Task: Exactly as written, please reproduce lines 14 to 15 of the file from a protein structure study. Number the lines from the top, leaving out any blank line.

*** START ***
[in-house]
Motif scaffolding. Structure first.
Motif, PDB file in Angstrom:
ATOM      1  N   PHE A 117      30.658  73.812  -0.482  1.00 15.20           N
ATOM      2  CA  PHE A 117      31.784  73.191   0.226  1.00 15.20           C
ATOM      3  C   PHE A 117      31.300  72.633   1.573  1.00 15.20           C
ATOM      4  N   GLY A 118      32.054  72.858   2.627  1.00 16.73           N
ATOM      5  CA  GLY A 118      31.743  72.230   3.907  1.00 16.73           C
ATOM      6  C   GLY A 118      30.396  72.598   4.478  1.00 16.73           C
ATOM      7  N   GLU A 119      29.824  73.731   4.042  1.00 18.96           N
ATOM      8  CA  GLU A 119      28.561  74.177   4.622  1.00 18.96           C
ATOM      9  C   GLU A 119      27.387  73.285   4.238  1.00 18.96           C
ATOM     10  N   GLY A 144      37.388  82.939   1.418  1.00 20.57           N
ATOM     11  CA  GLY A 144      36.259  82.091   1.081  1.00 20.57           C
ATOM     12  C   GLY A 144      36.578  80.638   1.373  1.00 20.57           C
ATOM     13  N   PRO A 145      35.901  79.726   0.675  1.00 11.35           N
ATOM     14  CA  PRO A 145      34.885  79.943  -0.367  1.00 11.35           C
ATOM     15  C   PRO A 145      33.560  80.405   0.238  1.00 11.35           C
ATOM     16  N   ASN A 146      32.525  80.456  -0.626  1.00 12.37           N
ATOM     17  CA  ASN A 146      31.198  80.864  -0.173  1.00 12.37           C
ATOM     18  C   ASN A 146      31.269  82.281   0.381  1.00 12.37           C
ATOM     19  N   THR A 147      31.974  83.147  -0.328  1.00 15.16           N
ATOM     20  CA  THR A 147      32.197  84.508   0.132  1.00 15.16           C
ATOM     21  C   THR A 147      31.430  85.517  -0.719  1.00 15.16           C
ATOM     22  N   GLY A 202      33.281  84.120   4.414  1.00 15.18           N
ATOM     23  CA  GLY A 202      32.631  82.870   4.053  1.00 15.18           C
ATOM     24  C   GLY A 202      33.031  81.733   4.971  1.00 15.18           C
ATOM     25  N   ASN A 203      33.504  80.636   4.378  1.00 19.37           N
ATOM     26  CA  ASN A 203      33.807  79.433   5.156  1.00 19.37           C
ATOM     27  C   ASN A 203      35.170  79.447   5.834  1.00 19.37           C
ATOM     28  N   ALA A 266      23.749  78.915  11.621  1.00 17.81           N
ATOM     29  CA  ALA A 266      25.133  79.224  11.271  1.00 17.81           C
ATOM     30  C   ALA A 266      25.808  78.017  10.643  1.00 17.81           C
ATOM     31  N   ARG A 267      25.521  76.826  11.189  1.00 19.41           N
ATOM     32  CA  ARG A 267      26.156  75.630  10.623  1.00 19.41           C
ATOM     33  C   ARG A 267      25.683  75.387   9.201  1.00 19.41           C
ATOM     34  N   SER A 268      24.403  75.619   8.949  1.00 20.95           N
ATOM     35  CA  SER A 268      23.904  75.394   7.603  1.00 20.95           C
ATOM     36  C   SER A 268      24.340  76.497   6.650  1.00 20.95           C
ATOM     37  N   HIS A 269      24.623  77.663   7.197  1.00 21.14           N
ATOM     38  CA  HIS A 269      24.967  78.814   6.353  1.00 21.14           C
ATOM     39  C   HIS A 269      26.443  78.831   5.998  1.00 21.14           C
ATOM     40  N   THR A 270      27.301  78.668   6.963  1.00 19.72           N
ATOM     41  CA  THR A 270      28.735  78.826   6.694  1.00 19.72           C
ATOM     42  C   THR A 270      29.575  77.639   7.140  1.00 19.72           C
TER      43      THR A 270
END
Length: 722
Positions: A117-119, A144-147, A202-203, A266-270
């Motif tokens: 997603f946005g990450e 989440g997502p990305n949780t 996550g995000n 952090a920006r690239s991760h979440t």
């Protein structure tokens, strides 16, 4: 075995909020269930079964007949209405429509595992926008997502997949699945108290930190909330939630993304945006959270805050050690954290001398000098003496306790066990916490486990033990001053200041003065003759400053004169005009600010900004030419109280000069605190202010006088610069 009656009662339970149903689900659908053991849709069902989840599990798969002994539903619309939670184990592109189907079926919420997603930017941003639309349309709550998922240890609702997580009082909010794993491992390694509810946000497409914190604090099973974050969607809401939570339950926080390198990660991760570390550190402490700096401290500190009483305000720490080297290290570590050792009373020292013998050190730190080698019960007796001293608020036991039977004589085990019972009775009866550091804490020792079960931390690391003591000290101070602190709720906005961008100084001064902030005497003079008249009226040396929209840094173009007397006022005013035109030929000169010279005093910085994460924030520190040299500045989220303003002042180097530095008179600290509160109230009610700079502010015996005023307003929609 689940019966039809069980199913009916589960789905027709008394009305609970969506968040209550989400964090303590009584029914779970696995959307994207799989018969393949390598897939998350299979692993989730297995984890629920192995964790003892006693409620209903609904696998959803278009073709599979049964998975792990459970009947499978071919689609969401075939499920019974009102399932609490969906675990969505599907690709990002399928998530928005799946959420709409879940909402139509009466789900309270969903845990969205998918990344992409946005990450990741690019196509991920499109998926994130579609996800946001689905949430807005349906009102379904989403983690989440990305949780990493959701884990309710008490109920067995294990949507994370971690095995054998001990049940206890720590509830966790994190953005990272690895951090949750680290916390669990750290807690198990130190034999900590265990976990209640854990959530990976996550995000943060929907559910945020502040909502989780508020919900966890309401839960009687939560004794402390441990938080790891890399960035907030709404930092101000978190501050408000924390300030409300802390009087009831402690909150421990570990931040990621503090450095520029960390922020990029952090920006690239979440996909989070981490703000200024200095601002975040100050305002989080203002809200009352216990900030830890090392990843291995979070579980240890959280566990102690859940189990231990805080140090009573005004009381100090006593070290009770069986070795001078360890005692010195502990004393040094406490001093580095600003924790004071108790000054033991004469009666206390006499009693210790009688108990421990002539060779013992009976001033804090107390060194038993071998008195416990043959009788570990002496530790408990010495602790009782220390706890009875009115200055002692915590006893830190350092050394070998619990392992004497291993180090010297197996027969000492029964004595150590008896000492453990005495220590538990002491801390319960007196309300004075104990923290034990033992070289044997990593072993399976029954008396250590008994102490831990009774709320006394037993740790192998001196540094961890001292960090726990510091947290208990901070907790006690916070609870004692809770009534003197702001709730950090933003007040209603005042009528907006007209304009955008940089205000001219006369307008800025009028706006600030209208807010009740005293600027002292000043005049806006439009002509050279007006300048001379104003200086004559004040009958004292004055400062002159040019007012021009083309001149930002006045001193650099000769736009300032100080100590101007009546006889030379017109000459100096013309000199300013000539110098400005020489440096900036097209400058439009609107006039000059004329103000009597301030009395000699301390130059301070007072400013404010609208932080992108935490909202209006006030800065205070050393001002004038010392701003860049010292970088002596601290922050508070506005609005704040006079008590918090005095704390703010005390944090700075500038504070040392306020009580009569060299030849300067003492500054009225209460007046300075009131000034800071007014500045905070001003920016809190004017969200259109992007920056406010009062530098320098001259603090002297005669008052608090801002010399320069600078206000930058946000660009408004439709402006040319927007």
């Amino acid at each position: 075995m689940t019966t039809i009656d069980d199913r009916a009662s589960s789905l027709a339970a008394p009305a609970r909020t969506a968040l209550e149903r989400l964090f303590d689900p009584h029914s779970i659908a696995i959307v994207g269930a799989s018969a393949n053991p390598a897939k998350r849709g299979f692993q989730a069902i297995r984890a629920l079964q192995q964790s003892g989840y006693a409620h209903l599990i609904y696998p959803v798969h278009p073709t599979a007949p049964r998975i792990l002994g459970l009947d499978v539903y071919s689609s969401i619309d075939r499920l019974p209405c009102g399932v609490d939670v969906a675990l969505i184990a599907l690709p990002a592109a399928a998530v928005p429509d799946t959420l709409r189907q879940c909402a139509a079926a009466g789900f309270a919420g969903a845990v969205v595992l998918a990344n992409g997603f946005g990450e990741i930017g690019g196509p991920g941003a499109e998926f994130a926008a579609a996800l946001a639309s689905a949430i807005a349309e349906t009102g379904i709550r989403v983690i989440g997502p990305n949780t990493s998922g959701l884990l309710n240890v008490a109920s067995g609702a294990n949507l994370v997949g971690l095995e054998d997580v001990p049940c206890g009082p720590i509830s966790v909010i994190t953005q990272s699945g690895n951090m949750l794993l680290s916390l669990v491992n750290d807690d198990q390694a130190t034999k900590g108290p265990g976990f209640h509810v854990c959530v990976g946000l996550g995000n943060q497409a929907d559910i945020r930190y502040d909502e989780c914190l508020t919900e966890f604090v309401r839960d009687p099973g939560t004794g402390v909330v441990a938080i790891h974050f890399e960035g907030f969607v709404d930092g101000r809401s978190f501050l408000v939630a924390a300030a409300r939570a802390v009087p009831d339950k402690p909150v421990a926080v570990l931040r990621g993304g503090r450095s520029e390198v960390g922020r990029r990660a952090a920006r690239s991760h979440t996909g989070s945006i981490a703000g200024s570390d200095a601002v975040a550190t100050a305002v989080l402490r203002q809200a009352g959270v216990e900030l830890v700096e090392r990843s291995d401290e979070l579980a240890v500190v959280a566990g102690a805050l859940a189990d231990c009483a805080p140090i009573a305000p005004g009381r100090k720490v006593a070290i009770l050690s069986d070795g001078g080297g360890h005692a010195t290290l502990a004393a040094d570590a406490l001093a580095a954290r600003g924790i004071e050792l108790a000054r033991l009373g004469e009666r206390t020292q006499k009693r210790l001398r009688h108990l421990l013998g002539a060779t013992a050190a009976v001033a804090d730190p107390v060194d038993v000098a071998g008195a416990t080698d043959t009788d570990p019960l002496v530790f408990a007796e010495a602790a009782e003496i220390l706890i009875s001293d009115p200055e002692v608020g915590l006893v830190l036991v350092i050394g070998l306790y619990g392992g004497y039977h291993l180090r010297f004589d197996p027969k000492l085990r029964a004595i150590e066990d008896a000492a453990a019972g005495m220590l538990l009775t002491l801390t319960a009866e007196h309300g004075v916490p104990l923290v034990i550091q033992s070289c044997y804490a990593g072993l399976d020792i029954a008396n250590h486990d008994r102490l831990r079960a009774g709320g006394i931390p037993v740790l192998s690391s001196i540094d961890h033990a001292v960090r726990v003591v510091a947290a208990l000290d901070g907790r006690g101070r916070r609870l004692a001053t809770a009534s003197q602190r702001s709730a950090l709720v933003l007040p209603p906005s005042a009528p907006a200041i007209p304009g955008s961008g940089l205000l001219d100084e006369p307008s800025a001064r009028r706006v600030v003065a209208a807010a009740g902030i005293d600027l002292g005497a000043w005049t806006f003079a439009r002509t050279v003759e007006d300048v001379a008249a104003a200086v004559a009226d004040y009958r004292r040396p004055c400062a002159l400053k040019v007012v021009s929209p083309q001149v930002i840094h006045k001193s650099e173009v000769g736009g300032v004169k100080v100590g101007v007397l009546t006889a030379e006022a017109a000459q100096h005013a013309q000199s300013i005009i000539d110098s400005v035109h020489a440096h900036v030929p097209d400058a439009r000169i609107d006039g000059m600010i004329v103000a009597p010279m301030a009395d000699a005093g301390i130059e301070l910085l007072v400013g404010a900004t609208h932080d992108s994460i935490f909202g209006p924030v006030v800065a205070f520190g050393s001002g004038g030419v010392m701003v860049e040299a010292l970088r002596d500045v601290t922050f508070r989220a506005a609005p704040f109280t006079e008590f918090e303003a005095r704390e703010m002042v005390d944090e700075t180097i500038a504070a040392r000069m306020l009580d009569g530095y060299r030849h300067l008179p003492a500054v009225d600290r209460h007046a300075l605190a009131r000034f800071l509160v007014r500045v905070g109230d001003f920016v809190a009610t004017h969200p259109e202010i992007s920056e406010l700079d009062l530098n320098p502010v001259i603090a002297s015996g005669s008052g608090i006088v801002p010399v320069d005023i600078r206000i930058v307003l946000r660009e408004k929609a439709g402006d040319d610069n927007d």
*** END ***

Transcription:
ATOM     11  CA  GLY A 144      36.259  82.091   1.081  1.00 20.57           C
ATOM     12  C   GLY A 144      36.578  80.638   1.373  1.00 20.57           C